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It’s hard to realize that the first COVID-19 case showed up in Canada barely more than a year ago. A patient came to Toronto's Sunnybrook Hospital after returning from Wuhan, China, where the disease apparently originated.
COVID-19 was a brand new disease. We didn’t know how it started, how it was transmitted, or how to treat it.
We learned as we went.
Initially, too, we saw ICU patients propped up in beds. Now I sometimes see then lying face down. It looks awkward, but apparently it helps to drain the fluid building up in their lungs.
At that point, I wondered if anyone in the COVID-19 camp had contacted the cystic fibrosis community about postural drainage.
Because nobody, but nobody, knows more about getting fluid out of lungs than the people who treat cystic fibrosis.
Categories: Sharp Edges
Tags: Cystic Fibrosis, COVID-19, postural drainage, lungs
I have a lot of sympathy for Kimberley Jones. You haven’t heard of her? Almost certainly, you have heard of her son, 11-year-old Keaton Jones.
The Facebook post of Keaton, crying in the seat of his mother’s car as she brought him home from school has now had 20 million views, and been featured on newscasts around the world.
A tearful Keaton asked why kids wanted to bully, why they picked on innocent kids, why they poured milk on him. “It’s not okay,” he told his mother’s cell phone. “It’s not their fault they’re different.”
I sympathize with her, because I too had a son who suffered from teasing. And perhaps some bullying. He was born with cystic fibrosis, an incurable, hereditary, and at the time terminal illness.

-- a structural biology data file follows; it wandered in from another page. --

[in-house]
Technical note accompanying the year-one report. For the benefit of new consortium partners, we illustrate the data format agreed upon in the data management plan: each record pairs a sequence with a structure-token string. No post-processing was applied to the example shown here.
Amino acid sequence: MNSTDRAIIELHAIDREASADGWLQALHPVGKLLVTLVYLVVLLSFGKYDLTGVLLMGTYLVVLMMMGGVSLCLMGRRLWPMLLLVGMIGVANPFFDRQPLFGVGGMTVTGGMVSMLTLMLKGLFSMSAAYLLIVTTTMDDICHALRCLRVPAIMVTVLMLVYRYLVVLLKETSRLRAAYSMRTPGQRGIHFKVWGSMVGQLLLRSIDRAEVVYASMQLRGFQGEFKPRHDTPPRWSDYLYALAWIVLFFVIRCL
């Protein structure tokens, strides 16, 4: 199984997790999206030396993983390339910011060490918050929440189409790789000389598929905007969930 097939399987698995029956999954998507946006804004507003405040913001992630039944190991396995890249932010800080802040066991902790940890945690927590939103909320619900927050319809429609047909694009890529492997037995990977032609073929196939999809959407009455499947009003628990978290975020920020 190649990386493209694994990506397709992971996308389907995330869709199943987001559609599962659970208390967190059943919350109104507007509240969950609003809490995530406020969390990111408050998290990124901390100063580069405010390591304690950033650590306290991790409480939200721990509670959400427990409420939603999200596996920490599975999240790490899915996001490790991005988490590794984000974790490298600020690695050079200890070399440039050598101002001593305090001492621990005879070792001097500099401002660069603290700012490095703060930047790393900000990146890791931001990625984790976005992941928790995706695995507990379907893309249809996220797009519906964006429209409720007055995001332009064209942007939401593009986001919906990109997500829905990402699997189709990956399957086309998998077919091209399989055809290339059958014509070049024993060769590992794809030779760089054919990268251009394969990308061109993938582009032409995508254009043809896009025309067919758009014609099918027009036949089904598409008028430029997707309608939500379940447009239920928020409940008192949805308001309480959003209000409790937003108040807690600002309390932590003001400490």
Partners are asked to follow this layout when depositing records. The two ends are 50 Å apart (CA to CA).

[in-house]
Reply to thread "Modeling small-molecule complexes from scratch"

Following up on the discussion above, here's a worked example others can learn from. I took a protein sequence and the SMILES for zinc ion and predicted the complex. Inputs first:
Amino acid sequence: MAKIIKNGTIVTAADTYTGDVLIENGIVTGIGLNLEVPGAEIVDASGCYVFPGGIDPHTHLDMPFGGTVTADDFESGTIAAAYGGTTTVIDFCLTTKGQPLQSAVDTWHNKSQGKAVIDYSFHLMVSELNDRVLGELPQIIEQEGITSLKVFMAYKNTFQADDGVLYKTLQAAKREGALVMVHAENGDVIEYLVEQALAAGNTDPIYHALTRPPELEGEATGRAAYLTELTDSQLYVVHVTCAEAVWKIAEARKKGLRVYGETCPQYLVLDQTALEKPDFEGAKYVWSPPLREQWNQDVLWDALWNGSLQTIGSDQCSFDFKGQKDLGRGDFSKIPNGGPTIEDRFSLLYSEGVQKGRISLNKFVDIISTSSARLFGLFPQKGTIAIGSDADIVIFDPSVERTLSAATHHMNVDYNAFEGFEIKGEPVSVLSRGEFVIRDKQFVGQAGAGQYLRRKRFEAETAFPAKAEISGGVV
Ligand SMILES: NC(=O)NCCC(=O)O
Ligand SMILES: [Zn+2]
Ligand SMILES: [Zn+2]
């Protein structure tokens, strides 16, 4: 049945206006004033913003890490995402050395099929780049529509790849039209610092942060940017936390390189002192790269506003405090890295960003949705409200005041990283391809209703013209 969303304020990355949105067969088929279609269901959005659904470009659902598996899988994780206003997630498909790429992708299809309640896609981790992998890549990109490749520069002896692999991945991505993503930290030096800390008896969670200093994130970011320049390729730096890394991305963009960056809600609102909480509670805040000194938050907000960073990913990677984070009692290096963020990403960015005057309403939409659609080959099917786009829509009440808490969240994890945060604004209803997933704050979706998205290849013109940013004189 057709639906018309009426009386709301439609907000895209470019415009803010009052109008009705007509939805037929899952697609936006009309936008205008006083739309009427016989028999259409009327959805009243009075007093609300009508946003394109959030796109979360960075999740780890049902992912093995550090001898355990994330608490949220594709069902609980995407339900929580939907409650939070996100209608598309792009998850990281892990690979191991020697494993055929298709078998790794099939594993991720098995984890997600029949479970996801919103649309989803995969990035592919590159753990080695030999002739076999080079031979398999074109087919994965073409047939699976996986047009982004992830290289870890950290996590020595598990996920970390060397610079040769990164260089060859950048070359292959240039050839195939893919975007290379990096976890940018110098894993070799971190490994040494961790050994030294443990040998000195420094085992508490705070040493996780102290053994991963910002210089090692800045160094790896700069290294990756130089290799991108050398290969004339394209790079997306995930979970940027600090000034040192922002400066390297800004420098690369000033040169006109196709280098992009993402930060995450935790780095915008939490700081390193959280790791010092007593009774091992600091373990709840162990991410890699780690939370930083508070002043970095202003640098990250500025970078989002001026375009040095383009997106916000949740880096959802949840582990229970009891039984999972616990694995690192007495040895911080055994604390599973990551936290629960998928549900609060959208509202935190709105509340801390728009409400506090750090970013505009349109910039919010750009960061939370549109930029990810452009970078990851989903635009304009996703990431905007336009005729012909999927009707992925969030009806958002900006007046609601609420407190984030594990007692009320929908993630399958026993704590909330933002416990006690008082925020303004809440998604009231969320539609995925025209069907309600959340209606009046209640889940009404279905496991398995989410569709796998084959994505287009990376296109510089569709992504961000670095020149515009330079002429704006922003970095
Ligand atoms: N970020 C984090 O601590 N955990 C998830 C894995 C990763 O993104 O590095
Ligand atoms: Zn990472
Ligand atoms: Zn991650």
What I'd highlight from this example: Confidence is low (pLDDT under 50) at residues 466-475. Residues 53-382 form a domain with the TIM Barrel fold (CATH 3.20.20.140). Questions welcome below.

Tags: bullying, Cystic Fibrosis, Keaton Jones, Kimberley Jones
Earlier this week, TV host Jimmy Kimmel told his studio audience, multiplied by millions on line, about his infant son’s emergency heart surgery.
Kimmel choked up as he described the events. A normal birth. In fact, an easy birth. Then, three hours later, an alert nurse noted a heart murmur, a purplish skin tone. A newborn infant rushed into surgery to repair a hole in his heart wall and a sticking valve.
Kimmel made the case for universal medical care when he said, “If your baby is going to die and it doesn't have to, it shouldn't matter how much money you make.”
Canadians, watching those TV clips, might have felt complacent. After all, we have a universal “single-payer system” that covers those costs.
Maybe not. Recently, I’ve been hearing about a drug that B.C. and several other provinces refuse to pay for.
Tags: Drugs, Orkambi, health plans, Cystic Fibrosis, CF